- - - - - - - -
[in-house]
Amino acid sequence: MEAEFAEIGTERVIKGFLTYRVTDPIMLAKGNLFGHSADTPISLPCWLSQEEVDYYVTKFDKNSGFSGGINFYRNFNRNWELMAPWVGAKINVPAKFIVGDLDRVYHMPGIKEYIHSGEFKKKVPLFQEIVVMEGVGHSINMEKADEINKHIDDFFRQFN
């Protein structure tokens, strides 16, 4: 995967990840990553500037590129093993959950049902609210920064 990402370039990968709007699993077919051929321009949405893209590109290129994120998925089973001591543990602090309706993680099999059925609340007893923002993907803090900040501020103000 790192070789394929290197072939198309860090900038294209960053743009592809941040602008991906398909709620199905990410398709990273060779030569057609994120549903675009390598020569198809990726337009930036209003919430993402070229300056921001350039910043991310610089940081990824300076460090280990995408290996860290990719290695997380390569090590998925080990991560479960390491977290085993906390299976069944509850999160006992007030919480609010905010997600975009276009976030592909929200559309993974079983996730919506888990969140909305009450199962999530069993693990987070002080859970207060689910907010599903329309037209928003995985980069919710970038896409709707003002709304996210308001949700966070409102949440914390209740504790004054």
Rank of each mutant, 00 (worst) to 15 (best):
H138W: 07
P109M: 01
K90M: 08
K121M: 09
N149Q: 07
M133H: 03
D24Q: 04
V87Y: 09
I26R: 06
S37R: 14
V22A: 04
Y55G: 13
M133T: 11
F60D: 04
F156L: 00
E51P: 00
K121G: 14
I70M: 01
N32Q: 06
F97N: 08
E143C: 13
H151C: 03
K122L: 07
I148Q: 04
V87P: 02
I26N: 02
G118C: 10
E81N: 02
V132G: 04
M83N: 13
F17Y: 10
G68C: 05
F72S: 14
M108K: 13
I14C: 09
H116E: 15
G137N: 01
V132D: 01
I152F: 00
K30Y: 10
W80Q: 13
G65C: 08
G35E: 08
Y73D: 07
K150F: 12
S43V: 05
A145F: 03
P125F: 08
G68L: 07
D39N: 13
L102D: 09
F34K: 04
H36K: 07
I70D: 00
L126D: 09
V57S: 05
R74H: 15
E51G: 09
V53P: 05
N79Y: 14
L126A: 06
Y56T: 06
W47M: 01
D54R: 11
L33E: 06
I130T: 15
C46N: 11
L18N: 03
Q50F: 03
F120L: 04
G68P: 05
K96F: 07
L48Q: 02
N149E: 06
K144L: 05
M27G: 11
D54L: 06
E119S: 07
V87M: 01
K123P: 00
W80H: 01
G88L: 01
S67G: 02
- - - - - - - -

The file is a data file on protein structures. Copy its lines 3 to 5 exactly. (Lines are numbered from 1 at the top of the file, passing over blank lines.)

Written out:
């Protein structure tokens, strides 16, 4: 995967990840990553500037590129093993959950049902609210920064 990402370039990968709007699993077919051929321009949405893209590109290129994120998925089973001591543990602090309706993680099999059925609340007893923002993907803090900040501020103000 790192070789394929290197072939198309860090900038294209960053743009592809941040602008991906398909709620199905990410398709990273060779030569057609994120549903675009390598020569198809990726337009930036209003919430993402070229300056921001350039910043991310610089940081990824300076460090280990995408290996860290990719290695997380390569090590998925080990991560479960390491977290085993906390299976069944509850999160006992007030919480609010905010997600975009276009976030592909929200559309993974079983996730919506888990969140909305009450199962999530069993693990987070002080859970207060689910907010599903329309037209928003995985980069919710970038896409709707003002709304996210308001949700966070409102949440914390209740504790004054």
Rank of each mutant, 00 (worst) to 15 (best):
H138W: 07